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Casino Royale 

Having made the requisite two kills, James Bond is promoted to double-oh status and dispatched to Africa to ... well, it's not quite clear, but something goes wrong at a match between a cobra and mongoose, and we're off and running, literally. Martin Campbell's actioner Casino Royale is an adaptation of Ian Fleming's first Bond novel, yet it presumes we know who Bond is, and what he's up to. (Virtually the only resemblance this version bears to the eponymous 1967 spoof is that each features a card game.) Nearly an hour goes by before we get any hint of the thin plot.

Bond's boss, M (Judi Dench), sighs early on, "I miss the Cold War" -- and so must many screenwriters. The devious Soviet masterminds of the original story have been modernized into vague terrorist financiers. When villains burst on the scene selling stocks short for the benefit of nameless, causeless Ugandan "freedom fighters," I missed the Cold War too.

But I digress. Bond's assignment is to whip Le Chiffre (Mads Mikkelsen), a dull villain with one intriguing physical defect, during a card game. (It's something like -- if Bond loses, then the terrorists win ... lots of money.) At his side is another British agent and accountant, the tart-tongued and brainy Vesper (Eva Green).

Part of the fun of the Bond series has been the fantasy that being a spy is a dripping-with-sophisticated-money sort of occupation. Yet much of Casino Royale appears to be an awkward updating of the beloved-Bond-of-yore with clunky contemporary everyman twists. Yet there's no excuse for switching the story's central card game from baccarat to Texas Hold 'Em. Bond shows up in a hand-tailored dinner jacket; the dealer for this $150 million game is apparently on loan from the Golden Nugget in Laughlin, and sports shirtsleeves and a card-patterned vest.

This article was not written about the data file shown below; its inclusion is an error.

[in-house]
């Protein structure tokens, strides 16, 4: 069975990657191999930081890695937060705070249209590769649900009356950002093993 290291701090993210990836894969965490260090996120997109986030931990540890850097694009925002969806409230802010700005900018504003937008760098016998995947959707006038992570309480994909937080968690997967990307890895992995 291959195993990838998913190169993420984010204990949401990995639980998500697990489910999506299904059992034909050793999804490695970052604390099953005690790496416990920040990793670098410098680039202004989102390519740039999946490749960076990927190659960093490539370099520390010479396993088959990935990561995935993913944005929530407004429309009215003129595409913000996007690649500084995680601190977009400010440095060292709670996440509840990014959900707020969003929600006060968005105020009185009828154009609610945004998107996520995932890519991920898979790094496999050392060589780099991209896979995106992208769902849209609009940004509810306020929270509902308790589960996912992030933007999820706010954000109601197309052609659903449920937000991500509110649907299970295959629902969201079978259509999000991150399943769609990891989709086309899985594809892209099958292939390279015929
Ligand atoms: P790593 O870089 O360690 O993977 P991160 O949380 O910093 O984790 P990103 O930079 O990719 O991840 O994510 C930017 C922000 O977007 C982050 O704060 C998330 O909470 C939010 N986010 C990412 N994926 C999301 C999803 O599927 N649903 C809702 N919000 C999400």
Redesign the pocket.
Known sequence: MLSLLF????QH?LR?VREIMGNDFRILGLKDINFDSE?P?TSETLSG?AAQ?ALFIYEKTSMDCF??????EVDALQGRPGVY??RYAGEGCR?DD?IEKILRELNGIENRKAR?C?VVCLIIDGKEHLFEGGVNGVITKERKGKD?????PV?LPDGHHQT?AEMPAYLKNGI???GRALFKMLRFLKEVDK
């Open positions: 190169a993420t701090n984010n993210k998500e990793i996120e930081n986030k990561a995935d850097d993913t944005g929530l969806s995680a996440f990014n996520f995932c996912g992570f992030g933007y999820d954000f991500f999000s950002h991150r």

While my attention strayed occasionally in this overly long adventure, I enjoyed Daniel Craig as Bond. His craggy looks, rough edges and tendency to get physical fast suggested a Bond in formation, a man still new to the job who hadn't quite refined his street strengths with savoir faire. As for the Bond girls -- fans need not look here. The only bathing suit eye-candy you get is from Craig. Unclothed, he looks smashing wet, bloodied or mid-torture (even the villain notes approvingly that he's in good shape).

Typically, there's much globe-hopping, though Campbell never steps back to let the locations breathe. As for action, a lot of slow and disconnected scenes separate the film's two best sequences: a parkour-styled chase that has the bad guy and Bond scrambling up a construction site to dizzying heights, and a closing shoot-out in Venice that's as cool to watch as it is ludicrous. That's more like it.

Starts Fri., Nov. 17.

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